If you have been noticing the air in your home is drier than usual and you just can’t seem to clear the frog from your throat, it is possible the humidity levels are out of balance. Perhaps a skin condition keeps flaring up without any visible reason or your nose is always dry, with nosebleeds happening at an alarming frequency. It seems like a strange concept, sure that you would willingly add water to your home, but it can actually help.
Moisture in the air of your home can improve respiratory issues, moisturize the skin and even maintain the integral structure of your home in ways you never imagined. But how can you add water to the air of your home without drenching your belongings or leaving everything soggy and damp? With a humidifier of course! A humidifier is a household device that monitors the level of dryness in your home and adds evaporator water droplets to the air for a specified amount of time. Ranging in price from $30.00 to $500.00; a humidifier can become one of your most treasured products in no time but only when it is used properly!
There are so many types of humidifiers to choose from, with models being available for single rooms in the home or models available that install directly into a structure’s central air system. There are massive devices that are best suited in an industrial-style setup or smaller devices that are portable with one hand to each room that will omit either a warm or cool mist.
Both warm mist and cool mist humidifiers omit a mist to the air, are available in multiple models but what is the best option? Is there one? Let’s find out!
To determine if a cool mist or warm mist humidifier is best suited for your home, first it is important to understand what exactly a humidifier is and what purpose this device serves. Humidifiers are an appliance that increases the levels of water vapor in the air, allowing the air in your home to maintain a proper balance between damp and dry.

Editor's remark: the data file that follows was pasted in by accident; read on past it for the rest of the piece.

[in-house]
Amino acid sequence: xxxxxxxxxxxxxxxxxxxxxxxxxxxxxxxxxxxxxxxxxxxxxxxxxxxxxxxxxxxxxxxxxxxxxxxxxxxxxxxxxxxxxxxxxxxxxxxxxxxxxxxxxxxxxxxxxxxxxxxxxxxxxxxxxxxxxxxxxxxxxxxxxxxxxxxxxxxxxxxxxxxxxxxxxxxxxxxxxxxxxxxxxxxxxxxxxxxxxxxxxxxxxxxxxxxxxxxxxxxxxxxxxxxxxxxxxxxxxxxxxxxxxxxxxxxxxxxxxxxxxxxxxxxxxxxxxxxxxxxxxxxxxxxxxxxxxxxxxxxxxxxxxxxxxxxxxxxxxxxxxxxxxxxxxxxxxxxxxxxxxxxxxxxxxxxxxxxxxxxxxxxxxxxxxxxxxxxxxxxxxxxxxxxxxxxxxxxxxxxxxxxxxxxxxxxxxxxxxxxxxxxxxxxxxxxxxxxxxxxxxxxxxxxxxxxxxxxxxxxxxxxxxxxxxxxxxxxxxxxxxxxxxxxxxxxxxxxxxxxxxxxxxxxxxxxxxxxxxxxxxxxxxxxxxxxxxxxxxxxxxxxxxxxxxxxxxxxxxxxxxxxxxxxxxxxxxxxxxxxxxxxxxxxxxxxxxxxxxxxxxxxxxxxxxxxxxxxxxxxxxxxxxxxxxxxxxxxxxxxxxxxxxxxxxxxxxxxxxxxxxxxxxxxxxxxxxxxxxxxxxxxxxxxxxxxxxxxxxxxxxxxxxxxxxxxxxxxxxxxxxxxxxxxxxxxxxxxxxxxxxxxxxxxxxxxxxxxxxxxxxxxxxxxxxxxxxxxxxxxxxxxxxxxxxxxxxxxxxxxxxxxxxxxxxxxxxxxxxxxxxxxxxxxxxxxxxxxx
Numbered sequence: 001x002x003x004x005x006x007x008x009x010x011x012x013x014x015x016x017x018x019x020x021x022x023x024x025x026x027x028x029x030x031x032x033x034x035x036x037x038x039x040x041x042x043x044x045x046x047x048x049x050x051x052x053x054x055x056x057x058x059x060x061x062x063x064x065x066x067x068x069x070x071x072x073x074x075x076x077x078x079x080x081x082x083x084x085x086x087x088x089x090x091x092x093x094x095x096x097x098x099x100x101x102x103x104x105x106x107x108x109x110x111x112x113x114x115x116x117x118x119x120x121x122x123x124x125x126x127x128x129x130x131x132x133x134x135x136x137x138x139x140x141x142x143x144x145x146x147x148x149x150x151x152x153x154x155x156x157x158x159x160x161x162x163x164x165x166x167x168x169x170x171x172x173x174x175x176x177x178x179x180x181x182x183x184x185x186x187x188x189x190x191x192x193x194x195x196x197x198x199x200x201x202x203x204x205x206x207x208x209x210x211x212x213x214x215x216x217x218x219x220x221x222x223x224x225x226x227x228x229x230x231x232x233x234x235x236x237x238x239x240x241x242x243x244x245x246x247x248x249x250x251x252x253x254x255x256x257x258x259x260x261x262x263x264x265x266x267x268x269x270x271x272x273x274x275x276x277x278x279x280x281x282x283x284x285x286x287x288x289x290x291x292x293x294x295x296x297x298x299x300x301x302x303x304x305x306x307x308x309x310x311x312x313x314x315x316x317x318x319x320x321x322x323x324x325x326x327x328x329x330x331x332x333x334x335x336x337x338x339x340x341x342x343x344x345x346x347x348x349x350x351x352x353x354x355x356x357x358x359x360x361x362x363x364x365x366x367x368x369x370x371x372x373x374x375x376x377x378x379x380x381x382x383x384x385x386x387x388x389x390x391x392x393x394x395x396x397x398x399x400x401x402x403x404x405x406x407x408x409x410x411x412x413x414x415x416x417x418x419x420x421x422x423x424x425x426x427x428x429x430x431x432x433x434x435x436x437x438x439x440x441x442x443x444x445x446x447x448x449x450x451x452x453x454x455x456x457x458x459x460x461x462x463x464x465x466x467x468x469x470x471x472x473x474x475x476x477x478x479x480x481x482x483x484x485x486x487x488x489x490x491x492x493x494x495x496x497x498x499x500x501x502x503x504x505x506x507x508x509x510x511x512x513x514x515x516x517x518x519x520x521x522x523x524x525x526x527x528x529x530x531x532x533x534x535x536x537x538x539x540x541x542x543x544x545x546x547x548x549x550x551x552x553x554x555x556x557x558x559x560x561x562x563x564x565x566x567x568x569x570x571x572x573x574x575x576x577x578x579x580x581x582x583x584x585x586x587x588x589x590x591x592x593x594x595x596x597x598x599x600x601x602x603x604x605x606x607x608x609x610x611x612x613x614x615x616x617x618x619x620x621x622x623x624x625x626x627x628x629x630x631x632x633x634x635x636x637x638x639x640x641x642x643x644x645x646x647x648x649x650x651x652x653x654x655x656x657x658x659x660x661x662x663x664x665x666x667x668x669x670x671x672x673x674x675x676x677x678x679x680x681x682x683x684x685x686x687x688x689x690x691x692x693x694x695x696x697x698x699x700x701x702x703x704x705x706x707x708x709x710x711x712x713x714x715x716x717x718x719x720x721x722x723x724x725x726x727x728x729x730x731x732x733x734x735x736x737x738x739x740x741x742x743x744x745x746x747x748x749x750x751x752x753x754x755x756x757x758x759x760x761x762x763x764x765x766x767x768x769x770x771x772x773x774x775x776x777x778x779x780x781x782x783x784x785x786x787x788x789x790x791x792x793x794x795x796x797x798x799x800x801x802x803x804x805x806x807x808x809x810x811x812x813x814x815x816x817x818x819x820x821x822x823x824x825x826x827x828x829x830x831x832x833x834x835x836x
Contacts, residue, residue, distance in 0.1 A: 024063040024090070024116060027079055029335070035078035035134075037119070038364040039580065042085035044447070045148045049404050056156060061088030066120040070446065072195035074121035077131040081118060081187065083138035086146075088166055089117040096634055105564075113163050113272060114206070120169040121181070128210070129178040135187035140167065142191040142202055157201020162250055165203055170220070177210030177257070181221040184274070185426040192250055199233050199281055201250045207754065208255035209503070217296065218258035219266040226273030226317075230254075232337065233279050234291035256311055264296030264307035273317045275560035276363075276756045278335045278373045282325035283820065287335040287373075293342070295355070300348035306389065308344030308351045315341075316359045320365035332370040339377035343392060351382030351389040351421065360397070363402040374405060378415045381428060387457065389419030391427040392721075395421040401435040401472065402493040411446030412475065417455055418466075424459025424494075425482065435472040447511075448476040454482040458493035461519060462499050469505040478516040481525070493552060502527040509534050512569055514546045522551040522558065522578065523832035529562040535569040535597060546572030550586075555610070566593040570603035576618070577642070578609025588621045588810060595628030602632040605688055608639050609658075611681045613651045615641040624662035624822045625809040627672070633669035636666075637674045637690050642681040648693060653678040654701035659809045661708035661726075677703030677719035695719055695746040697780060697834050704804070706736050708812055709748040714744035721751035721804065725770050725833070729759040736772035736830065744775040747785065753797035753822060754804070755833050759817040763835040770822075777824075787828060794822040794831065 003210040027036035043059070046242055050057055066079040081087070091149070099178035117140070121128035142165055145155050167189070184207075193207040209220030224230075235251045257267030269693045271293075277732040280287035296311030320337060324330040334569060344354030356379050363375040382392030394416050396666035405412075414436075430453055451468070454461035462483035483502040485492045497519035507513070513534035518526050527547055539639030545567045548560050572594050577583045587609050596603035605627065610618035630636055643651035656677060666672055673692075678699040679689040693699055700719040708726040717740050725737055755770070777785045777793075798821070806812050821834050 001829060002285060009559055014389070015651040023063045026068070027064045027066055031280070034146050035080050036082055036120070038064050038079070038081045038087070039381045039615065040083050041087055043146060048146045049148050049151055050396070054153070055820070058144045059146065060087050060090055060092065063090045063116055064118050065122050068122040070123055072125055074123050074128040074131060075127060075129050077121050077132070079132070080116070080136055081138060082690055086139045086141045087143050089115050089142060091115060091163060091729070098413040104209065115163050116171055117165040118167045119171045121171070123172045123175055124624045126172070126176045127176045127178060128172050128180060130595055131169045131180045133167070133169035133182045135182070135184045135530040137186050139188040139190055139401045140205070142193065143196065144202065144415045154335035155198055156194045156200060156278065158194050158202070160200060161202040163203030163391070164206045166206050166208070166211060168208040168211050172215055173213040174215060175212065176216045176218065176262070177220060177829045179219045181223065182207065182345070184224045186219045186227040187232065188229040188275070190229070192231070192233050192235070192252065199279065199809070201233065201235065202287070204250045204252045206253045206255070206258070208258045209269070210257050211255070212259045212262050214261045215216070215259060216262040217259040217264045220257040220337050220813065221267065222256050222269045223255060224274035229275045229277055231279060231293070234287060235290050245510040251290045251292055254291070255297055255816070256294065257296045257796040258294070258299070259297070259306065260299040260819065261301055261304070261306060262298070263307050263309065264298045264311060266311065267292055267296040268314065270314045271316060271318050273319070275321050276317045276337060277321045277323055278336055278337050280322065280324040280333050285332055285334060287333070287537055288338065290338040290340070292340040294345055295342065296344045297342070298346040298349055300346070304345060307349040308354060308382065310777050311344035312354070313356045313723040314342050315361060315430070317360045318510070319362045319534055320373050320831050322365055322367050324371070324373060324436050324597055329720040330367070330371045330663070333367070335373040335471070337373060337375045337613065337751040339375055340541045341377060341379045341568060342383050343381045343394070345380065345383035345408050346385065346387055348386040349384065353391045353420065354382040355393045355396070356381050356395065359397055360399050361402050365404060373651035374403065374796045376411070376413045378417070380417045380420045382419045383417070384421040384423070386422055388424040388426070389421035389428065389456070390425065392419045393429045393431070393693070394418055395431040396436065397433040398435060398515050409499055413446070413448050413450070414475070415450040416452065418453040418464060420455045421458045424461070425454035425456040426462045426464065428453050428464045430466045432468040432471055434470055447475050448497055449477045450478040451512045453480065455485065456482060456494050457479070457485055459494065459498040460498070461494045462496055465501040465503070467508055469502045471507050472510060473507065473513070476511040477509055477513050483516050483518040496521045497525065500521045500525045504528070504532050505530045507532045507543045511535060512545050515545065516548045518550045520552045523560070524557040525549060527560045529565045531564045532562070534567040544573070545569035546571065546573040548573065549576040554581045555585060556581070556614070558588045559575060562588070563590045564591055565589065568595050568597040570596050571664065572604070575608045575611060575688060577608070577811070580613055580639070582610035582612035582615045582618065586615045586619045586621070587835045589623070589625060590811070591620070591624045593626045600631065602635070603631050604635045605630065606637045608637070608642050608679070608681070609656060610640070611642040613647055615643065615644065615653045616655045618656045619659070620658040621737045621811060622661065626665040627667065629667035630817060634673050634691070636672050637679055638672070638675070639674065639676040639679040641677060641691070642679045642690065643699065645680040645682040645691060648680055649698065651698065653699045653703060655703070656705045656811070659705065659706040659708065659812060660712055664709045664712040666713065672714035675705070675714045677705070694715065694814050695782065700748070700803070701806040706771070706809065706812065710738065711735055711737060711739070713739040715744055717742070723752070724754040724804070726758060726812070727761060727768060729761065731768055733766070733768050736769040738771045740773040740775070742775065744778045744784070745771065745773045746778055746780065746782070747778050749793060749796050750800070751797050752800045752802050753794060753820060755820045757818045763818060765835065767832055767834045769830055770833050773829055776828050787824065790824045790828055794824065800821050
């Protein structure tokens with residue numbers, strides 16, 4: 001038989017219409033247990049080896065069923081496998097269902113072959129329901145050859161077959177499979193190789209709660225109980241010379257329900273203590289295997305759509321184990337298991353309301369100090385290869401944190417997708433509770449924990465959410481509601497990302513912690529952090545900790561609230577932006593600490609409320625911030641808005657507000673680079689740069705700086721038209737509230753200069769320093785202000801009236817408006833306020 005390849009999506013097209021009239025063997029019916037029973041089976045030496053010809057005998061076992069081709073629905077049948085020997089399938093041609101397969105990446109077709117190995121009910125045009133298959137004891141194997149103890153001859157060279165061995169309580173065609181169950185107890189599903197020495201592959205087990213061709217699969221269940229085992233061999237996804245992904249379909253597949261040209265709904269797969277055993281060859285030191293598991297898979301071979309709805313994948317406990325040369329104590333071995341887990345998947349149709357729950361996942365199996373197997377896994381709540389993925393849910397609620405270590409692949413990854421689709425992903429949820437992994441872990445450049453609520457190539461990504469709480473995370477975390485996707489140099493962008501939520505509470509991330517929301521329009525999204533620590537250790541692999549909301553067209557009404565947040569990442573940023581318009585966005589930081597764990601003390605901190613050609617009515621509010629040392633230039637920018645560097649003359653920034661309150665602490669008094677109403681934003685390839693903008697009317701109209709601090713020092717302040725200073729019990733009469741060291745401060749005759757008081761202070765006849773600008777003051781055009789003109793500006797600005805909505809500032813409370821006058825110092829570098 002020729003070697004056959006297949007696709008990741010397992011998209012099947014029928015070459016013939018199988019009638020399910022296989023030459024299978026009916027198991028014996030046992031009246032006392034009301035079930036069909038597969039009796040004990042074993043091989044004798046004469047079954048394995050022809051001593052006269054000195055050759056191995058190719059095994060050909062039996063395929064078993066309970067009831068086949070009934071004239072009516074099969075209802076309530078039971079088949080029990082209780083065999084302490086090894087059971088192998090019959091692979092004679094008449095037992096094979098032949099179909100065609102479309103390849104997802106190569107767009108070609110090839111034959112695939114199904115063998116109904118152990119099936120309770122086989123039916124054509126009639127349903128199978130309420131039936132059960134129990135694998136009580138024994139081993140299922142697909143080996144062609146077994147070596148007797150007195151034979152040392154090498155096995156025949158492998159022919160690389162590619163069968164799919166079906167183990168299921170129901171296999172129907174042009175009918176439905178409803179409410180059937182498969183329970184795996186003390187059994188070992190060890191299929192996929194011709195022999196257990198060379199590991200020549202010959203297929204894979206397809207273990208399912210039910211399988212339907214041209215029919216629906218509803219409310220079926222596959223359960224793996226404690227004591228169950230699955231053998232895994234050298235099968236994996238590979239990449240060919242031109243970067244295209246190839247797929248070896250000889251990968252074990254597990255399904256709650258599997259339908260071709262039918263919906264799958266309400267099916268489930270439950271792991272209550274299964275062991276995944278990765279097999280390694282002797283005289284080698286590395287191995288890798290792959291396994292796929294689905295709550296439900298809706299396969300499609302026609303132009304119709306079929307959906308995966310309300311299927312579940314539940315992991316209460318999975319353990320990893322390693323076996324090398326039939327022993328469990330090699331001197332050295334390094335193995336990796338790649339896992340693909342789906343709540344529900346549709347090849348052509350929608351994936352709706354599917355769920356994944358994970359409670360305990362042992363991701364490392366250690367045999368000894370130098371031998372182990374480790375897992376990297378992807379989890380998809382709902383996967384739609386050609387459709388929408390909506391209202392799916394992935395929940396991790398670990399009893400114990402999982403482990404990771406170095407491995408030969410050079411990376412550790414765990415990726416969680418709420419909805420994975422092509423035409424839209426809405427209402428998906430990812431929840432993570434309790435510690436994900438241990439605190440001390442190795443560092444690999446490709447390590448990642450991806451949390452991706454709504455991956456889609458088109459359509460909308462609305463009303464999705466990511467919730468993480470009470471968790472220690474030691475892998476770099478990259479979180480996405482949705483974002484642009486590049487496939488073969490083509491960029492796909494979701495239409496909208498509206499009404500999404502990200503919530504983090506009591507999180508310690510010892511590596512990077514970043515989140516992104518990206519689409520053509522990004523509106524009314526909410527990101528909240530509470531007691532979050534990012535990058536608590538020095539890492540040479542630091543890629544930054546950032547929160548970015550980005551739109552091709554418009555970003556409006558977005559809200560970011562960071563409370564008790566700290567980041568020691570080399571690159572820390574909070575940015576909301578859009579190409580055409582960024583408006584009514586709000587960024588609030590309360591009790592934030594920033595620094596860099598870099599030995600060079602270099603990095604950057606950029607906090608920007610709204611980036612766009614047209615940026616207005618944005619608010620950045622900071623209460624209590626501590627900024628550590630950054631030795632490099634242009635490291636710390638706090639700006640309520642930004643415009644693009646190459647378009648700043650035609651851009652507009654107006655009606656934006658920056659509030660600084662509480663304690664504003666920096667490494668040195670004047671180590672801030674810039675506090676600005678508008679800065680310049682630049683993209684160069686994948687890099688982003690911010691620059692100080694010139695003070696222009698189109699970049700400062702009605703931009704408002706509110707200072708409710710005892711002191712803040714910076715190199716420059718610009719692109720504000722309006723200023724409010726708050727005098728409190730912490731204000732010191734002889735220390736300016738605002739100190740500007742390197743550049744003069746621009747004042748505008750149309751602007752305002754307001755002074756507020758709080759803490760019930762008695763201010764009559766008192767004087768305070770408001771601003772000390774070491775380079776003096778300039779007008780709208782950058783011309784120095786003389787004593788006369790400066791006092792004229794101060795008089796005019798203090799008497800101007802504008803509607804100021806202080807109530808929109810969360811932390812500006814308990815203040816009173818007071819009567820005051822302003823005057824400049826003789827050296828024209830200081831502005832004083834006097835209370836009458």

Humidifiers, except for the central air models, will need a steady source of power to run its internal components. This power source can be electricity, batteries, or even propane. There will be a power button to turn the humidifier on and off, with high-end models offering the feature of a timer and automatic shut-off switch. If your humidifier draws its power from electricity, a power cord should be present to plug into a typical wall outlet. A humidifier should burn no more than 20-watts of electricity during each use but if you do notice a major increase on your utility bill, your unit maybe be defective or past its expiration date.
A cool mist humidifier is probably the type of humidifier you have seen before, in your friend’s homes or your families, as it is the most commonly sold humidifier on the market. These humidifiers increase the level of water vapor in the air by omitting a cool mist throughout the residence by the use of a rotating disk or propeller fan. This disc (fan) will rotate with enough force that it will remove water from the water reservoir located on the device changing it into microscopic droplets that dampen the air with a cool feeling mist. It must be noted that a cool mist humidifier can change the temperature of the room, so use in cold climates might not be recommended.
One of the most common complaints about the cool mist humidifiers, along with their counterpart of a warm mist humidifier, is the noise levels. Where a rapidly rotating fan or disk is used to create water vapor, it can be louder than expected when in operation.